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At least Dodgers' gamble on first-round pick Zach Lee will leave 'em talking

Heh-heh-heh, what a great pick.

No matter what happens, right-hander Zach Lee is going to prove a tremendous draft choice for Dodgers’ fans.

He’ll serve as a lightning rod for those cynical types who see darkness in every move the Dodgers make, or for those who bleed true blue and are certain everything is done with the purest of intentions.

Lee, understand, is not your average draft pick. Besides being a great pitching prospect, he is also a big-time college football prospect.

He has already signed a letter of commitment to play quarterback, and baseball, next season at LSU.

Lee is considered by most as one of the most unsignable players in the draft. He was partially available to the Dodgers with the 28th pick because other teams were leery of what it would cost to steer him away from LSU.

ESPN.com said Lee is reportedly seeking more than $5 million to sign, a lot of money for a 28th pick.

Now if you’re the negative type, convinced Frank McCourt is slashing payroll while going through his bitter divorce and not about to spend big on a high school kid, this pick makes perfect sense:

 "They picked him knowing they won’t sign him. Come September, he’ll be throwing spirals for Les Miles. The pick is a fraud. There’s no way Frank pops for this kid when he won’t even spend to sign a proven starter.’’

Of course, if you believe the Dodgers would never be so stupid as to actually waste a first-round pick then it’s more like:

  "What a tremendous pick. A steal, really. The Dodgers will win this kid over and he’ll prove the right-handed Clayton Kershaw. When everyone else was shaking, the Dodgers stepped up.’’

The man in charge of the draft for the Dodgers, assistant general manager Logan White, is naturally in the second camp. White said he is optimistic Lee could be signed and has McCourt’s full support.

``I know this, I’m optimistic we’re going to make our best effort, definitely our best effort, to get out there and get this done,’’ White said.

``I understand the concern. I’ve always tried to take the best player. If I think the player is the 28th best player in the country, we certainly pay him like the 28th player. But if I think his ability is a little bit better than that, we certainly recognize that.’’

The Dodgers’ roster is dotted with players previously selected by White -- Jonathan Broxton, Chad Billingsley, Matt Kemp, James Loney, Blake DeWitt and Kershaw -- and he believes that not only has  won McCourt’s confidence but will catch Lee’s attention.

``Frank’s always been very aware of what we’re doing and what’s going on,’’ White said. ``He’s very much a big supporter and very on board with it.

``I don’t mean it bragging, but when you look at our major league team and what we’ve been able to do with the draft and the international signs, you see why he’s a supporter.’’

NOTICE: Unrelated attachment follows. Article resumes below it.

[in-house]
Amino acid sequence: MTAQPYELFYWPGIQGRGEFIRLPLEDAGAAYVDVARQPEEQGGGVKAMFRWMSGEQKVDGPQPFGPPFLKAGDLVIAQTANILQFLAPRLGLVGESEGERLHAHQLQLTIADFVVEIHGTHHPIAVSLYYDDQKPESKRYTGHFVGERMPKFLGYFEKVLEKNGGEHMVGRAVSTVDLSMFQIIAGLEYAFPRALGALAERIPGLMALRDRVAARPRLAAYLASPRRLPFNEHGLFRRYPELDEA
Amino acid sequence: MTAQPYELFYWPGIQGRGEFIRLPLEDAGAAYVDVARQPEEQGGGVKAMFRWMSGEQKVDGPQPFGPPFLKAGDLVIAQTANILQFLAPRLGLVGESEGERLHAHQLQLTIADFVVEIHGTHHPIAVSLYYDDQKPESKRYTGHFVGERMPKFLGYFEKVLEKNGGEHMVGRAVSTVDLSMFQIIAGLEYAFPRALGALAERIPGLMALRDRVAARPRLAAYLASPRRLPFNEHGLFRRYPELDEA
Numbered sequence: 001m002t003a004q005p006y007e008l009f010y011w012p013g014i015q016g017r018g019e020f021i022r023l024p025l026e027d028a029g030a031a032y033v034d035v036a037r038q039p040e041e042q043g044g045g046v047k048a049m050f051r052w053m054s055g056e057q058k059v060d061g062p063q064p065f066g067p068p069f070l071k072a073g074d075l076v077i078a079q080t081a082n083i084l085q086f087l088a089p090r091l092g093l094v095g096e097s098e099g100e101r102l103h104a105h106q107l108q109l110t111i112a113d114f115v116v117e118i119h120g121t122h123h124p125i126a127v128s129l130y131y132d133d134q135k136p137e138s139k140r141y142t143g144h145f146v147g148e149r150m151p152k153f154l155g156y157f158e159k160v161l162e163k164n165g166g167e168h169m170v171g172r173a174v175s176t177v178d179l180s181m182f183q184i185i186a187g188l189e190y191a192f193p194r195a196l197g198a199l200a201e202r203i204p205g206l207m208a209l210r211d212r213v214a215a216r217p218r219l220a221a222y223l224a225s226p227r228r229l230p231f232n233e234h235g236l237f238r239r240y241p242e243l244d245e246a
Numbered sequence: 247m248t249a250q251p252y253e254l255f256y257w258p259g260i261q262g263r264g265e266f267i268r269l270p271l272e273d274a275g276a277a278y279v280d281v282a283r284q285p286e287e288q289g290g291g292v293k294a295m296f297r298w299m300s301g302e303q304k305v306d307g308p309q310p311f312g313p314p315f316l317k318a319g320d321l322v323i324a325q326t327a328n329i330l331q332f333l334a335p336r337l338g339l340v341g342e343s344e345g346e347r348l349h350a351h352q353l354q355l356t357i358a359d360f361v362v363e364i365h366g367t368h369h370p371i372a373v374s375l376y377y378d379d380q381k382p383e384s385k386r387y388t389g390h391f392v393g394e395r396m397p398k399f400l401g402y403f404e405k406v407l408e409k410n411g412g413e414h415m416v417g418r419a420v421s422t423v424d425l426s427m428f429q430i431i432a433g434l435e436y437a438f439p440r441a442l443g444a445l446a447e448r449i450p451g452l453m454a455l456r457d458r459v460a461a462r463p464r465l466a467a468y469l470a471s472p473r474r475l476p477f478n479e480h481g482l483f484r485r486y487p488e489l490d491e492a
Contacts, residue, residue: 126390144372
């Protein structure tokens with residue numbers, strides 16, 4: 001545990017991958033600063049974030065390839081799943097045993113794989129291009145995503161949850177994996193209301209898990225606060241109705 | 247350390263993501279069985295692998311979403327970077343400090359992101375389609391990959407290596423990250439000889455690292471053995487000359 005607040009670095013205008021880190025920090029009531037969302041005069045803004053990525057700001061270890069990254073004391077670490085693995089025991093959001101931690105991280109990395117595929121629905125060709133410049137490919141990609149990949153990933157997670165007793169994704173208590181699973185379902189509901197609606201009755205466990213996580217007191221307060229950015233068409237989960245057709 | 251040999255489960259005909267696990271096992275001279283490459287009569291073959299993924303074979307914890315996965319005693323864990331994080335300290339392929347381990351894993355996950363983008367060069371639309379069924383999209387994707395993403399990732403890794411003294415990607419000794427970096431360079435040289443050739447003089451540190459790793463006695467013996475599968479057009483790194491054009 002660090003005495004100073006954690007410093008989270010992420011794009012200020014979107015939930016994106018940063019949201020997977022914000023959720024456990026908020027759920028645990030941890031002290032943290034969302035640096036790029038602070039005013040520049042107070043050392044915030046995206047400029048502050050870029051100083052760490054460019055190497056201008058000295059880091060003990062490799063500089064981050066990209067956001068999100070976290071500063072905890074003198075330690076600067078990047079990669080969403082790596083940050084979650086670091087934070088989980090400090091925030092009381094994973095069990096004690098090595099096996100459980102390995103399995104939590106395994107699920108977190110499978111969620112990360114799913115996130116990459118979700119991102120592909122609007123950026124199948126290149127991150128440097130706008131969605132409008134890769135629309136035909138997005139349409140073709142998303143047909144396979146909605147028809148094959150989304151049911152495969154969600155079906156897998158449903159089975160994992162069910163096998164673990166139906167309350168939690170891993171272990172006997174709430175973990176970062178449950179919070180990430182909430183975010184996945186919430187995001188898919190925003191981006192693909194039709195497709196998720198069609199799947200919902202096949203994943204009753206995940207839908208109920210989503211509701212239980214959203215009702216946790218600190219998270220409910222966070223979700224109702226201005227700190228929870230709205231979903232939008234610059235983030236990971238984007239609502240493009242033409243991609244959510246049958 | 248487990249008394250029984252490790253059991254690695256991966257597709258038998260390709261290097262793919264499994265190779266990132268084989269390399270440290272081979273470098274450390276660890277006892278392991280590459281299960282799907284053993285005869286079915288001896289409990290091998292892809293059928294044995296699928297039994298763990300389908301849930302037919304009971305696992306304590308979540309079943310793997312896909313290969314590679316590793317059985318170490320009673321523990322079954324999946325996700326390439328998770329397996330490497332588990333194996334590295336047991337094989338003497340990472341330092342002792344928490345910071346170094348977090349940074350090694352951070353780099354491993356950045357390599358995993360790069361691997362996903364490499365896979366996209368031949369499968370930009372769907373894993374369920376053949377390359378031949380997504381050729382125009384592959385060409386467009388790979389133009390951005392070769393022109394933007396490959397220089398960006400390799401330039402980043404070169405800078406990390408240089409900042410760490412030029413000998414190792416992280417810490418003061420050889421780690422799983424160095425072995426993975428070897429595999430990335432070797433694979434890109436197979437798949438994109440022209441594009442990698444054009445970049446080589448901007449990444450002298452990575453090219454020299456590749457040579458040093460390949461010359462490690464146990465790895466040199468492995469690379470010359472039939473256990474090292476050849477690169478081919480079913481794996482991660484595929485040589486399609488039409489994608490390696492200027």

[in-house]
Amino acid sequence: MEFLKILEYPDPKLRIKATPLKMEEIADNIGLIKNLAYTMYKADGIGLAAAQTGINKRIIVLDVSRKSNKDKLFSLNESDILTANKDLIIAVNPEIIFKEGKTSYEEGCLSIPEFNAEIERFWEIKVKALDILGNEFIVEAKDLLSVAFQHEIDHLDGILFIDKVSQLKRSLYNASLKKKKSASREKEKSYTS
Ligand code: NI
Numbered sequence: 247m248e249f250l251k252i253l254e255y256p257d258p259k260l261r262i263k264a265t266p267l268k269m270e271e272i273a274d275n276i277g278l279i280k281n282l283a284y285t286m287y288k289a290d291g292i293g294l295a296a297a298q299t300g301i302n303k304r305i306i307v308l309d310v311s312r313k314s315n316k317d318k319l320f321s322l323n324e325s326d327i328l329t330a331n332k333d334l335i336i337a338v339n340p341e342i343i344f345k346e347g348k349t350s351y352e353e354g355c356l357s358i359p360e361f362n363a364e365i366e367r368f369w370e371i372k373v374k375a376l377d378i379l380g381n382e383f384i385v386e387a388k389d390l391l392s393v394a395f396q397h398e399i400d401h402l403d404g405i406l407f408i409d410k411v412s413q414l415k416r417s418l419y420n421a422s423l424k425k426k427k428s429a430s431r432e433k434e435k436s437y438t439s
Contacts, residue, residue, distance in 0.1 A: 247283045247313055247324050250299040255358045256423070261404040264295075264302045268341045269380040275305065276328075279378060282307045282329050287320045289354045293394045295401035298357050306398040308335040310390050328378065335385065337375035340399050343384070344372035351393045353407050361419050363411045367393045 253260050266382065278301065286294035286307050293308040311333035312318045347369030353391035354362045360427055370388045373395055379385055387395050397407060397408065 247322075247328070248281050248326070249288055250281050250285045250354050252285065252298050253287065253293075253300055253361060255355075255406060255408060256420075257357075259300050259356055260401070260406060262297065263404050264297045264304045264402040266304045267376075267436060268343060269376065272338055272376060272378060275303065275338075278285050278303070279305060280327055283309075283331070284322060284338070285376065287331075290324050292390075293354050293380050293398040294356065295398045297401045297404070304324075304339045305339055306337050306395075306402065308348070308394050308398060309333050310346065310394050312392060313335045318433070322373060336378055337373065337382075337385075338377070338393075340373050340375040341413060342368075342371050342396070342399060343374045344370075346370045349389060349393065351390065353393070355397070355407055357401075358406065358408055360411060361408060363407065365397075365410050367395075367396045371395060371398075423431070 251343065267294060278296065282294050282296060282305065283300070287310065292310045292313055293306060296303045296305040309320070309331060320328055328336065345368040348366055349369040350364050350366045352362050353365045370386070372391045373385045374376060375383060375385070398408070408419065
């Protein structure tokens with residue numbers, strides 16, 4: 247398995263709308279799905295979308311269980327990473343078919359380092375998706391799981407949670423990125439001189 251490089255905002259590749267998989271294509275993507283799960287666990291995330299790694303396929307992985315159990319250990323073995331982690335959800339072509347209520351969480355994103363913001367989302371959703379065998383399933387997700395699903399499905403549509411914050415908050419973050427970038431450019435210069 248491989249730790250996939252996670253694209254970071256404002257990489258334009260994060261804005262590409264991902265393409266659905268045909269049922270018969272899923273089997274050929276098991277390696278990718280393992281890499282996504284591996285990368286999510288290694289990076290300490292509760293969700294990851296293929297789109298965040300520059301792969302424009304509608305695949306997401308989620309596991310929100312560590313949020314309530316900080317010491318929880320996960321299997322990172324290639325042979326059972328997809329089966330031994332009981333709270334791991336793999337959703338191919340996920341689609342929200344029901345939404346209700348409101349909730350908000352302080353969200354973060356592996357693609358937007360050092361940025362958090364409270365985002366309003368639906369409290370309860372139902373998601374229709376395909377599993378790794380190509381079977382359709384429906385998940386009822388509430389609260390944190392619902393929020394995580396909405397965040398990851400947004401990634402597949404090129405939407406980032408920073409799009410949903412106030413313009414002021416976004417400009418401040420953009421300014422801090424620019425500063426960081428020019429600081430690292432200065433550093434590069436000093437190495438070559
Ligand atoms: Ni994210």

--Steve Dilbeck
 
Comments () | Archives (8)

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Sorry, put me in the cynical camp. This is the same Dodger management that wouldn't offer arbitration to Randy Wolf, knowing full well that he was not going to accept. Why would they give up extra picks like this? Only one reason, because they know/knew that they would not or could not sign all those draft picks. This team needs to be sold now, before we are the Baltimore Orioles of the NL.

The way it will end up is he won't sign and the Dodgers will take their compensation pick next year. That seems pretty obvious.

Can't see him signing. Sorry.

nice pick, if u like a wasted one....
butt entirely too much fuss abt the wrong pitching lee....
as team ought 2b using their supposedly limited finances to pursue the lefty-lee currently pitching for mariners

Past performance is indicative of future results.

The Dodgers have, over the past couple of years, shown a propensity to not want to spend money on their players. This year, the Dodgers needed a starting pitcher; an ace. Two or three pitchers were on the market and they did nothing to sign them. Randy Wolf had a very good year in 2009. While I wouldn't expect a repeat performance, he's an adequate #4 or 5 pitcher; the Dodgers let him go and did not even get anything for him.

Until the Dodgers do something to sign players to make them better, I will not believe they are going to spend any money on player personnel.

And why should they? The fans will still show up and cheer, regardless of the product on the field. McCourt could field a Community College team and Dodger fan will still show.

If the Dodgers were going to takle a player who they could not sign, or who would have required a plus bonus, I would have gone for Harvard-Westlake outfielder Austin Wilson.

The Dogs don't lose the pick if they don't sign Lee. They get to pick #28th in the first round next year toogether with their own pick next year and any other picks they might get if they lose top FAs to FA.

This smells of McDivorce Court. I think McCheap is trying to "leverage" the pick into next year so he doesn't have to spend money this year. He does the same with the big contracts he's signed in the past, backloading the bucks way beyond the life of the contract.

I won't sleep well until McCheap is forced to sell the team.

``I don’t mean it bragging, but when you look at our major league team and what we’ve been able to do with the draft and the international signs, you see why he’s a supporter.’’

Fact: Over the past 5 years, the Dodgers have spent less money on draft picks and international talent than any other team in baseball.


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